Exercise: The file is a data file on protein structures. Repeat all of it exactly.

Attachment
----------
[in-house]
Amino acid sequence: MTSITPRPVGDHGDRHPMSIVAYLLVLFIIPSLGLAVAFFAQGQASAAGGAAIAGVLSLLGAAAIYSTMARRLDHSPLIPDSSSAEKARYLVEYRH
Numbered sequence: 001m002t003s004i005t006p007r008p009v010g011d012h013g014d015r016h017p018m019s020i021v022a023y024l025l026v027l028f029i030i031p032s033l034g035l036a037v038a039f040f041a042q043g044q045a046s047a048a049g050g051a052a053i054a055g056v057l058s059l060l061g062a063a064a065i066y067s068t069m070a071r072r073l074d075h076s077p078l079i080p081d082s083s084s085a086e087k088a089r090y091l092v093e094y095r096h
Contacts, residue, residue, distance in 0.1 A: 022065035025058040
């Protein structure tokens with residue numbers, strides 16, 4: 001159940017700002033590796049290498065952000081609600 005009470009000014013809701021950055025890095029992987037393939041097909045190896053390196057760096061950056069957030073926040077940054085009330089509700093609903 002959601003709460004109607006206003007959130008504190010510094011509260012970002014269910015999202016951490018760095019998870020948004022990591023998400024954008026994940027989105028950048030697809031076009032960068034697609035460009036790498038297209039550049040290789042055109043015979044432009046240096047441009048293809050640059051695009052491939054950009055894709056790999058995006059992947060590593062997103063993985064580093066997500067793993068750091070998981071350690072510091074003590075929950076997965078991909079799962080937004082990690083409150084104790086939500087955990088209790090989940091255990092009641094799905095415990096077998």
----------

[in-house]
Amino acid sequence: MTSITPRPVGDHGDRHPMSIVAYLLVLFIIPSLGLAVAFFAQGQASAAGGAAIAGVLSLLGAAAIYSTMARRLDHSPLIPDSSSAEKARYLVEYRH
Numbered sequence: 001m002t003s004i005t006p007r008p009v010g011d012h013g014d015r016h017p018m019s020i021v022a023y024l025l026v027l028f029i030i031p032s033l034g035l036a037v038a039f040f041a042q043g044q045a046s047a048a049g050g051a052a053i054a055g056v057l058s059l060l061g062a063a064a065i066y067s068t069m070a071r072r073l074d075h076s077p078l079i080p081d082s083s084s085a086e087k088a089r090y091l092v093e094y095r096h
Contacts, residue, residue, distance in 0.1 A: 022065035025058040
């Protein structure tokens with residue numbers, strides 16, 4: 001159940017700002033590796049290498065952000081609600 005009470009000014013809701021950055025890095029992987037393939041097909045190896053390196057760096061950056069957030073926040077940054085009330089509700093609903 002959601003709460004109607006206003007959130008504190010510094011509260012970002014269910015999202016951490018760095019998870020948004022990591023998400024954008026994940027989105028950048030697809031076009032960068034697609035460009036790498038297209039550049040290789042055109043015979044432009046240096047441009048293809050640059051695009052491939054950009055894709056790999058995006059992947060590593062997103063993985064580093066997500067793993068750091070998981071350690072510091074003590075929950076997965078991909079799962080937004082990690083409150084104790086939500087955990088209790090989940091255990092009641094799905095415990096077998």